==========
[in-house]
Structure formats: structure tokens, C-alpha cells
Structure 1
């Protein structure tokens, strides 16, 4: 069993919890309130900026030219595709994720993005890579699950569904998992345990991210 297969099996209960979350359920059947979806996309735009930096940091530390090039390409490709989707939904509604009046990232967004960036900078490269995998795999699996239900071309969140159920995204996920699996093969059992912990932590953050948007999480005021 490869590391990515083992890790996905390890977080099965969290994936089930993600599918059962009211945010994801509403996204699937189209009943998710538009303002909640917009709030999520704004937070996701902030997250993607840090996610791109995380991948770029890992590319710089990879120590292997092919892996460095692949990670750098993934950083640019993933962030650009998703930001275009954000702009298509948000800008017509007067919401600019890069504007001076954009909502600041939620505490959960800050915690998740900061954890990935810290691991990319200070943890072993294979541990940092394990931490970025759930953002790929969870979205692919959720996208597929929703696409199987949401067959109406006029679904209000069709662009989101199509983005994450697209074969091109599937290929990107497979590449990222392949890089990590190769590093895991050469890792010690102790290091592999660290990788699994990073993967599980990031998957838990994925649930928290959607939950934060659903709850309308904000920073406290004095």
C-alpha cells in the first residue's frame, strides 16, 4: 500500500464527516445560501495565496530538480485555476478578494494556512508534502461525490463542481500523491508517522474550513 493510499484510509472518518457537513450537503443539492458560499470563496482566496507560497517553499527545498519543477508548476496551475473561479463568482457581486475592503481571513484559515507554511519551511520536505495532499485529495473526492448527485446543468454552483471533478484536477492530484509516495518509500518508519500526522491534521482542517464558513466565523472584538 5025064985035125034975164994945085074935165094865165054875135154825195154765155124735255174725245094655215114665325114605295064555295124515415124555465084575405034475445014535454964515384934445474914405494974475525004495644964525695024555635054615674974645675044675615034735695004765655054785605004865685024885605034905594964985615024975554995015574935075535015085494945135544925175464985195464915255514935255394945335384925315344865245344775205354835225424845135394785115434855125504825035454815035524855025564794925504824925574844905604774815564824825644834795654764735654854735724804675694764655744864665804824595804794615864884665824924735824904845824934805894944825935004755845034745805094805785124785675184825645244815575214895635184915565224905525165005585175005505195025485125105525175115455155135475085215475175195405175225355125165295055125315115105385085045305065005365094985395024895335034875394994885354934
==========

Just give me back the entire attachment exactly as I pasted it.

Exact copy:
[in-house]
Structure formats: structure tokens, C-alpha cells
Structure 1
């Protein structure tokens, strides 16, 4: 069993919890309130900026030219595709994720993005890579699950569904998992345990991210 297969099996209960979350359920059947979806996309735009930096940091530390090039390409490709989707939904509604009046990232967004960036900078490269995998795999699996239900071309969140159920995204996920699996093969059992912990932590953050948007999480005021 490869590391990515083992890790996905390890977080099965969290994936089930993600599918059962009211945010994801509403996204699937189209009943998710538009303002909640917009709030999520704004937070996701902030997250993607840090996610791109995380991948770029890992590319710089990879120590292997092919892996460095692949990670750098993934950083640019993933962030650009998703930001275009954000702009298509948000800008017509007067919401600019890069504007001076954009909502600041939620505490959960800050915690998740900061954890990935810290691991990319200070943890072993294979541990940092394990931490970025759930953002790929969870979205692919959720996208597929929703696409199987949401067959109406006029679904209000069709662009989101199509983005994450697209074969091109599937290929990107497979590449990222392949890089990590190769590093895991050469890792010690102790290091592999660290990788699994990073993967599980990031998957838990994925649930928290959607939950934060659903709850309308904000920073406290004095």
C-alpha cells in the first residue's frame, strides 16, 4: 500500500464527516445560501495565496530538480485555476478578494494556512508534502461525490463542481500523491508517522474550513 493510499484510509472518518457537513450537503443539492458560499470563496482566496507560497517553499527545498519543477508548476496551475473561479463568482457581486475592503481571513484559515507554511519551511520536505495532499485529495473526492448527485446543468454552483471533478484536477492530484509516495518509500518508519500526522491534521482542517464558513466565523472584538 5025064985035125034975164994945085074935165094865165054875135154825195154765155124735255174725245094655215114665325114605295064555295124515415124555465084575405034475445014535454964515384934445474914405494974475525004495644964525695024555635054615674974645675044675615034735695004765655054785605004865685024885605034905594964985615024975554995015574935075535015085494945135544925175464985195464915255514935255394945335384925315344865245344775205354835225424845135394785115434855125504825035454815035524855025564794925504824925574844905604774815564824825644834795654764735654854735724804675694764655744864665804824595804794615864884665824924735824904845824934805894944825935004755845034745805094805785124785675184825645244815575214895635184915565224905525165005585175005505195025485125105525175115455155135475085215475175195405175225355125165295055125315115105385085045305065005365094985395024895335034875394994885354934